Sun08022015

News

E. coli found in Los Altos water indicated breach, but only low risk

E. coli found in Los Altos water indicated breach, but only low risk


Courtesy of Microbe World
Colorized low-temperature electron micrograph of a cluster of E. coli bacteria

When E. coli and other bacteria were discovered in some Los Altos water last week, officials from the local water supplier, California Water...

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Schools

BCS hosts Stretch to Kindergarten program for underserved youth

BCS hosts Stretch to Kindergarten program for underserved youth


Traci Newell/Town Crier
The six-week, tuition-free Stretch to Kindergarten program, hosted at Bullis Charter School, serves children who have not attended preschool. A teacher leads children in singing about the parts of a butterfly, above.

Local un...

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Community

Google car painting project calls on artists

Google car painting project calls on artists


Google self-driving car

Already known as an innovator in the tech field, Google Inc. is now moving in on the art world.

The Mountain View-based company July 11 launched the “Paint the Town” contest, a “moving art experiment” that invites Califo...

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Sports

Pedaling with a purpose

Pedaling with a purpose


courtesy of
Rishi Bommannan Rishi Bommannan cycled from Bates College in Maine to his home in Los Altos Hills, taking several selfies along the way. He also raised nearly $13,000 for the Livestrong Foundation, which supports cancer patients.

When R...

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Comment

The truth about coyotes: Other Voices

The Town Crier’s recent article on coyotes venturing down from the foothills in search of sustenance referenced the organization Project Coyote (“Recent coyote attacks keep residents on edge,” July 1). Do not waste your time contac...

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Special Sections

Grant Park senior program made permanent

Grant Park senior program made permanent


Photos by Alicia Castro/Town Crier
Local residents participate in an exercise class at the Grant Park Senior Center, above. Betsy Reeves, below left with Gail Enenstein, lobbied for senior programming in south Los Altos.

It all began when Betsy Reev...

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Business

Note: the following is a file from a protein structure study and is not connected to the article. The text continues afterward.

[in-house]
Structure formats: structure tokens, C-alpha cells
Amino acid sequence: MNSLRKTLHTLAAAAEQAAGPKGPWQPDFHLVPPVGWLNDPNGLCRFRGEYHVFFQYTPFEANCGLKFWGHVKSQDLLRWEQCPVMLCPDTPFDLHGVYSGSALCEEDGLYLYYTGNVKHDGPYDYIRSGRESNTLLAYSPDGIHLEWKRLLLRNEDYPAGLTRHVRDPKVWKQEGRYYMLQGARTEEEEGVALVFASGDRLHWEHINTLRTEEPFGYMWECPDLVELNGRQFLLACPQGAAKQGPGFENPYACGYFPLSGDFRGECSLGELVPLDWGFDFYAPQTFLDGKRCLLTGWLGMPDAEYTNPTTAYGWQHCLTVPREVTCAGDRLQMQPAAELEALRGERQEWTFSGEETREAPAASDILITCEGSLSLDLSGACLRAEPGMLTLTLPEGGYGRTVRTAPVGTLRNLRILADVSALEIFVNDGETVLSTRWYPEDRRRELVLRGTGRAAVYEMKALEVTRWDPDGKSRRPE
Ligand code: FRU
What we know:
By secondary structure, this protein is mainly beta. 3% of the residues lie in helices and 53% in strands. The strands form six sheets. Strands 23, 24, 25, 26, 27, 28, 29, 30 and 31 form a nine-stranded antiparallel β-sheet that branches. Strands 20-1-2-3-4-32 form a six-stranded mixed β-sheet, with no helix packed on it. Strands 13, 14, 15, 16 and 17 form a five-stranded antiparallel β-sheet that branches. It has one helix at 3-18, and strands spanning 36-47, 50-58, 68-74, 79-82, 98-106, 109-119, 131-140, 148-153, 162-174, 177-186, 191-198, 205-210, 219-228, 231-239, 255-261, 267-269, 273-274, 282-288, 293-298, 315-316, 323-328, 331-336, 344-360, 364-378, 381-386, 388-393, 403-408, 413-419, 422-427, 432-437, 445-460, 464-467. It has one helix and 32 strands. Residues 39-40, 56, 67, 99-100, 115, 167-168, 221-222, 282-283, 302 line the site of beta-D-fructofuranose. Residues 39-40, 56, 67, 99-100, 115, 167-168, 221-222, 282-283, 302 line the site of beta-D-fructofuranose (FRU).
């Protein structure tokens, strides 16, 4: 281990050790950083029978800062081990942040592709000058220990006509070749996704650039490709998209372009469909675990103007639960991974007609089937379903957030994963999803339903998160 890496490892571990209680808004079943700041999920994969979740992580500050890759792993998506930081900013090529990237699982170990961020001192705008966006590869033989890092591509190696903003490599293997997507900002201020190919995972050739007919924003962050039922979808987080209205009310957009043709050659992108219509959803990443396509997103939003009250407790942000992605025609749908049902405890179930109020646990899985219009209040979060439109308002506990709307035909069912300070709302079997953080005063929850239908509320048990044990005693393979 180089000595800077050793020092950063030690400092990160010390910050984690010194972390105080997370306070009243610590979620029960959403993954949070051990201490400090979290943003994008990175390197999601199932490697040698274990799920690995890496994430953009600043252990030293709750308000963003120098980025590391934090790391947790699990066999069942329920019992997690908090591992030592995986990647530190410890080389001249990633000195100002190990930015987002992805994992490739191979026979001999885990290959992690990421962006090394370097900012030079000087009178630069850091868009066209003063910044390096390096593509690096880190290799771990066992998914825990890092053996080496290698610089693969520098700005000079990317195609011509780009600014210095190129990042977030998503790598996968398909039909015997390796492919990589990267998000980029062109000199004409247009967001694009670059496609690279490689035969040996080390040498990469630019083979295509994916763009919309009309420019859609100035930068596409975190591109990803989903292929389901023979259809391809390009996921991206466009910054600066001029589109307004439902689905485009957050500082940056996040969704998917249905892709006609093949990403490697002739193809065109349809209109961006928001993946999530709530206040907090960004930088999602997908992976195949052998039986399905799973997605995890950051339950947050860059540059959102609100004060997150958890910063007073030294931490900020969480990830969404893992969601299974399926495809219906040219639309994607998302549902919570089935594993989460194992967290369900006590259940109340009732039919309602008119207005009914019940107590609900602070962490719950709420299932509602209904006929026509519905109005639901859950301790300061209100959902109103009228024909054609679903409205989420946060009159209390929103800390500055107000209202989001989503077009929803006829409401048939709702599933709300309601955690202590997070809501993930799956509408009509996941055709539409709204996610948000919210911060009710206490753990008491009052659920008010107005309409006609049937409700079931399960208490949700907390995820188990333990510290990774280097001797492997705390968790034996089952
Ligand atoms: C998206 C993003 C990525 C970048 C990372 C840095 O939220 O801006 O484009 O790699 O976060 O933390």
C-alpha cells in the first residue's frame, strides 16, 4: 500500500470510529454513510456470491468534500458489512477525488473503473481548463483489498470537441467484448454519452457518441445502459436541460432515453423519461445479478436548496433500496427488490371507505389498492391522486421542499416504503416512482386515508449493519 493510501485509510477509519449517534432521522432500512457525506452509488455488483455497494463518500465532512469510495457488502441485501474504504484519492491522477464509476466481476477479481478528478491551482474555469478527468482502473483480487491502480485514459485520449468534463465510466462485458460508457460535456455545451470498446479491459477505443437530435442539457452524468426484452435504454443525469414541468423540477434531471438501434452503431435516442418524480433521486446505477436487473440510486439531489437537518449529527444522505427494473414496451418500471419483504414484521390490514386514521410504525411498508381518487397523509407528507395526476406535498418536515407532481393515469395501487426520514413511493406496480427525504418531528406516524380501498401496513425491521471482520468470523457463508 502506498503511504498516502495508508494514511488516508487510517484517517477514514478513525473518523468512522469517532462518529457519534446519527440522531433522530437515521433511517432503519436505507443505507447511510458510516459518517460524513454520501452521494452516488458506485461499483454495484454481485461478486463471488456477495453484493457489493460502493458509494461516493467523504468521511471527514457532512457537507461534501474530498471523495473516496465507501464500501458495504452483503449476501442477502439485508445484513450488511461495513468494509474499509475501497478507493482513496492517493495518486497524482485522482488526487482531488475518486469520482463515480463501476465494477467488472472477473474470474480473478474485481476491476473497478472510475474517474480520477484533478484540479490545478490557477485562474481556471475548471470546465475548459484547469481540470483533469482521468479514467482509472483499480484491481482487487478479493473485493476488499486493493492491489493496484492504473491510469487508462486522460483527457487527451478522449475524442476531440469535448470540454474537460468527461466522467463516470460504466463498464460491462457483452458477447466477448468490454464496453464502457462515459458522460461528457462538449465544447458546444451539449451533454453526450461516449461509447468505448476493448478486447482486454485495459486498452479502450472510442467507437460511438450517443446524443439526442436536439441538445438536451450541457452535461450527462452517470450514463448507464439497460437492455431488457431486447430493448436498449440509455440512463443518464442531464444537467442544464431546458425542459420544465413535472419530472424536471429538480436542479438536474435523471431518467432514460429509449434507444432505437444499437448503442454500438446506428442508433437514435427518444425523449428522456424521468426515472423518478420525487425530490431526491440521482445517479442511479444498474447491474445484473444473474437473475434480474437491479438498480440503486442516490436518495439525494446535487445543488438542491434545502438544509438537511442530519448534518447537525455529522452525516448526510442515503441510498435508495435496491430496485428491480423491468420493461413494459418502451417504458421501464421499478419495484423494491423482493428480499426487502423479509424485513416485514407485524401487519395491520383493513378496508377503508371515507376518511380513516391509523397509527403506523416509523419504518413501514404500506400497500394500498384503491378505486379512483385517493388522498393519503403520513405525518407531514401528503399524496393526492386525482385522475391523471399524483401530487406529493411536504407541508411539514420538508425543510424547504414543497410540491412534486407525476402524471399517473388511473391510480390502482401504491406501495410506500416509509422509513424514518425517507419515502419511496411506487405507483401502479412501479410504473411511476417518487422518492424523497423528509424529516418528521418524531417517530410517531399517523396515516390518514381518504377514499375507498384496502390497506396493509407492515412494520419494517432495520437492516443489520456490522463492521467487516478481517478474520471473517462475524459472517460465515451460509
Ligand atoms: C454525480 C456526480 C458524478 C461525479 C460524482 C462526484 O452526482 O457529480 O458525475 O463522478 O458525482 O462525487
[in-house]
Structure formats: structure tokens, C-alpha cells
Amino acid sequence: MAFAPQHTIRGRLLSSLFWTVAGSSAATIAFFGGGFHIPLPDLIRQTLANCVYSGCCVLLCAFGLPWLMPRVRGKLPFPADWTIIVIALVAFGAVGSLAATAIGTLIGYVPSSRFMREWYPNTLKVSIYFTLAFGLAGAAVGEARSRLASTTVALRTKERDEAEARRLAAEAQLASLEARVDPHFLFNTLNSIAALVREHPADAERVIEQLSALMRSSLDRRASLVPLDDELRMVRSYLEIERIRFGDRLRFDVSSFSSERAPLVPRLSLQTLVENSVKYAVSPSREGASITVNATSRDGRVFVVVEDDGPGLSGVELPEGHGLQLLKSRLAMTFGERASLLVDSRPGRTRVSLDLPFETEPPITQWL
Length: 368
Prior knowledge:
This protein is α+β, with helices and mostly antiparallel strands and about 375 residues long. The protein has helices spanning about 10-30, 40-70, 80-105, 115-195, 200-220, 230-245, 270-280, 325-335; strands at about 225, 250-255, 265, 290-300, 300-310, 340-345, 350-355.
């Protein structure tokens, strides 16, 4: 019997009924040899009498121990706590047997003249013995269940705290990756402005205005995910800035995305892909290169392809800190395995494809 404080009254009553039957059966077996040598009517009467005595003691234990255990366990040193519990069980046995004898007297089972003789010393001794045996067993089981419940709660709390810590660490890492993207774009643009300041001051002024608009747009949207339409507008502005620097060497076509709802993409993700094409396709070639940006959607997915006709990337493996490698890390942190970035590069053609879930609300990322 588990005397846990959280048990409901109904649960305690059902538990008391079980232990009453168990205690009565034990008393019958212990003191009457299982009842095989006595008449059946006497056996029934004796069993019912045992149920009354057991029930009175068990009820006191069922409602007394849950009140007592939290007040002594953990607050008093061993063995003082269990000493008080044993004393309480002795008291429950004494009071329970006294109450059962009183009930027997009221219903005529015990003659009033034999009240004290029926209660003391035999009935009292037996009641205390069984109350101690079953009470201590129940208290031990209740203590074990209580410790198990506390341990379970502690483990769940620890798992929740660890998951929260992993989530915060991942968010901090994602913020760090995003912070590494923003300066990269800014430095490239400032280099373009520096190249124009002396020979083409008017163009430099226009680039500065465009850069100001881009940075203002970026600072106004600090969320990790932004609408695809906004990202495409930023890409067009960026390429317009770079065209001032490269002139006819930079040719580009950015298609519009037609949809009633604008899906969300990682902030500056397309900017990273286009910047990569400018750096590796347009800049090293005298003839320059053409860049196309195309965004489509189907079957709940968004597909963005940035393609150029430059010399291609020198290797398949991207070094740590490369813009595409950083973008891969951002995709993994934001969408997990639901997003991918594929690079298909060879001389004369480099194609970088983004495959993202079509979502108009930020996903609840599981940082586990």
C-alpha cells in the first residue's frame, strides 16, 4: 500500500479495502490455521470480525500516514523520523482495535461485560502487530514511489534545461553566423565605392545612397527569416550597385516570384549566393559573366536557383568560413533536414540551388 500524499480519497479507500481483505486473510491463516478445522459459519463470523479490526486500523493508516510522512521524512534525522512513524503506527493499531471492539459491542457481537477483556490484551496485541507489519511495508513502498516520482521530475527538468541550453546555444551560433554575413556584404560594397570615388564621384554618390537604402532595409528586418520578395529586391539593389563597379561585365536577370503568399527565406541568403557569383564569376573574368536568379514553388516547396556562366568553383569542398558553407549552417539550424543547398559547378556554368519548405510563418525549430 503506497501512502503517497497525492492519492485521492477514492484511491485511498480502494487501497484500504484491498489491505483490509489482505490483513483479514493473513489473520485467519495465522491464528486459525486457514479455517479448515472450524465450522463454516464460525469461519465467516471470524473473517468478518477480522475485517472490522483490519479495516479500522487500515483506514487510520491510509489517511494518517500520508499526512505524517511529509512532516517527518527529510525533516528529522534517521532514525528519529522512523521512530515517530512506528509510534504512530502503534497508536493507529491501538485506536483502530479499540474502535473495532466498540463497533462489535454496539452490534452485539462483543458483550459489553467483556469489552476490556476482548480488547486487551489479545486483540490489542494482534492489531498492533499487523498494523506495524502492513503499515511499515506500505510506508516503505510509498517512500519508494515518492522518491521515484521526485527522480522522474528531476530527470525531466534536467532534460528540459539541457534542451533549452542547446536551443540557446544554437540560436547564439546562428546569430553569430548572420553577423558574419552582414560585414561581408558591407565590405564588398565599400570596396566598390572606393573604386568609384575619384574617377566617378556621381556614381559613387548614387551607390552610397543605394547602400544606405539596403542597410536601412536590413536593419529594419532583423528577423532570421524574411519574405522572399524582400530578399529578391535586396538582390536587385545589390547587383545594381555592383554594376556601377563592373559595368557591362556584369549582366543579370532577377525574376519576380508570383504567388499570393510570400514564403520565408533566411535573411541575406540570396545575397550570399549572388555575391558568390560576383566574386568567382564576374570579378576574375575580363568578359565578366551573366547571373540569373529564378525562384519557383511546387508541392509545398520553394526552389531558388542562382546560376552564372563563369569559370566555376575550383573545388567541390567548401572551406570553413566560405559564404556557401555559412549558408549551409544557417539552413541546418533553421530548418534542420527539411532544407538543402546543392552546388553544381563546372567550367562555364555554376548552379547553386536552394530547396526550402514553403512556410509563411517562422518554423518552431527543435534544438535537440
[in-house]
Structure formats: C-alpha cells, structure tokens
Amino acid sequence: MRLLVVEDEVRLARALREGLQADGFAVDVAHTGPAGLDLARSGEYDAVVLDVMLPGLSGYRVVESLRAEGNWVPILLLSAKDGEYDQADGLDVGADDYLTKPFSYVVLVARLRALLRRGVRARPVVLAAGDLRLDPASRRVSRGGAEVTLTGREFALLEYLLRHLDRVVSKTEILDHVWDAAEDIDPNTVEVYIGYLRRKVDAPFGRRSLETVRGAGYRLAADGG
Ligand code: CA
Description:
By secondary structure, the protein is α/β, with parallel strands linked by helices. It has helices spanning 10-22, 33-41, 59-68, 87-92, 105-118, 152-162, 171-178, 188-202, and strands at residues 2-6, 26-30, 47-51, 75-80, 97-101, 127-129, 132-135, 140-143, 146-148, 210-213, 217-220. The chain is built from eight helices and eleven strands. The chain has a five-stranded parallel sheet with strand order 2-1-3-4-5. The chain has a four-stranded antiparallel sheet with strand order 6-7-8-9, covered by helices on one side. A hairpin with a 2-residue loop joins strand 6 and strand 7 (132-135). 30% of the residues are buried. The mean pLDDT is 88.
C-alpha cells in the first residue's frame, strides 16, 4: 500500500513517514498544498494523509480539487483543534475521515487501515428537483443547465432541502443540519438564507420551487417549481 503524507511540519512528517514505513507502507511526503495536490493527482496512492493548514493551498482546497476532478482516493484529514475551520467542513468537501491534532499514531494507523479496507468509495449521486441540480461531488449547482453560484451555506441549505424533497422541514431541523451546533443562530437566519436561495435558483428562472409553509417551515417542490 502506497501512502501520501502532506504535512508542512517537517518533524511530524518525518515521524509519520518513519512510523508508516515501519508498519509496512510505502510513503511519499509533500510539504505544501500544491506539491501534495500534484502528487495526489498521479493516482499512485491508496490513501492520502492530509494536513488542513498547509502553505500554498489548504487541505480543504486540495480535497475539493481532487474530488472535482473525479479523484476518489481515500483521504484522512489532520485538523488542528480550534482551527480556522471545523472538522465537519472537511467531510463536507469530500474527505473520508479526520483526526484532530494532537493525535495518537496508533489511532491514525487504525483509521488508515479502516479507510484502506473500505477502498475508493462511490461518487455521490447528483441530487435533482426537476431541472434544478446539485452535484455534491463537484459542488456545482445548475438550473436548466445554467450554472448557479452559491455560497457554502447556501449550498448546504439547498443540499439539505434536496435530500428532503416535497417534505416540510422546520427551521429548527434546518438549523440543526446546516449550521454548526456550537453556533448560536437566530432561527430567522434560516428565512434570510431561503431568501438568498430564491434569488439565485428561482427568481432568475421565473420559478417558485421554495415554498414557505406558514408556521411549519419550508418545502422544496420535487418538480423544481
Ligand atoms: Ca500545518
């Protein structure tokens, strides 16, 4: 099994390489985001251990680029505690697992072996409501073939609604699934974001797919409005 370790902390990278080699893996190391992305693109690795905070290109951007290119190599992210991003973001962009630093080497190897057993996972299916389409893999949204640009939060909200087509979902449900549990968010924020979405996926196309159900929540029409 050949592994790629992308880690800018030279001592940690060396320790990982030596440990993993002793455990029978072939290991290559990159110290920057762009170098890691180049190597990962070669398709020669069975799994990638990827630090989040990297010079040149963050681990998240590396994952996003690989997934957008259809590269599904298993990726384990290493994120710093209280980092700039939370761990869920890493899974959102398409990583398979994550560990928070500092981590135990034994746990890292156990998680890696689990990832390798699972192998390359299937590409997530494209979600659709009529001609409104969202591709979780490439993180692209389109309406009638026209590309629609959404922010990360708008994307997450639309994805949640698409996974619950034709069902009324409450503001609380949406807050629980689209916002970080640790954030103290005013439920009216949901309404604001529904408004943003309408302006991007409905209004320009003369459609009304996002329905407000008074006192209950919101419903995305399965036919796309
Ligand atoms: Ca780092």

New State Street rug retailer has downtown Los Altos covered

New State Street rug retailer has downtown Los Altos covered


Alicia Castro/Town Crier
Los Altos Rug Gallery owner Fahim Karimi stocks his State Street store with a wall-to-wall array of floor coverings.

A new downtown business owner plans to roll out the red carpet – along with rugs of every other color –...

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Books

Book Signings

• Fritz and Nomi Trapnell have scheduled a book-signing party 4-6 p.m. Aug. 1 at their home, 648 University Ave., Los Altos.

Fritz and his daughter, Dana Tibbitts, co-authored “Harnessing the Sky: Frederick ‘Trap’ Trapnell, ...

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People

GRACE WILSON FRANKS

GRACE WILSON FRANKS

Resident of Los Altos

Grace Wilson Franks, our beloved mother and grandmother, left us peacefully on July 16, 2015 just a few weeks short of her 92nd birthday. She was born to Ross and Florence (Cruzan) Wilson in rural Tulare, California on Septem...

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Travel

Gearing up: Make travel more civilized with accessories

Gearing up: Make travel more civilized with accessories


Eren Göknar/Special to the Town Crier
San Francisco-based humangear Inc. sells totes, tubes and tubs for traveling.

In travel, as in romance, it’s the little things that count.

Beyond the glossy brochures lie the travel discomforts too mun...

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Stepping Out

Going out with a 'Bang'

Going out with a 'Bang'


Richard Mayer/Special to the Town Crier
“Chitty Chitty Bang Bang” stars, clockwise from top left, Alexander Sanchez, Sophia Sturiale, Deborah Rosengaus and Danny Martin.

Los Altos Stage Company and Los Altos Youth Theatre’s joint production of t...

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Spiritual Life

Build a 'light' house and get out of that dark place

Most of us have a place inside our hearts and minds that occasionally causes us trouble. For some, it is sadness, depression or despair. For others, it may be fear, anger, resentment or myriad other emotional “dark places” that at times seem to hij...

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Magazine

Inside Mountain View

Residents gather at NASA Ames for Pluto Flyby event

Residents gather at NASA Ames for Pluto Flyby event


Megan V. Winslow/Town Crier
NASA Ames’ Pluto Flyover event kindles the imaginations of young attendees.

Sue Moore watched the July 20, 1969, moon landing beside patients and staff members of the San Francisco hospital where she worked as a nurse...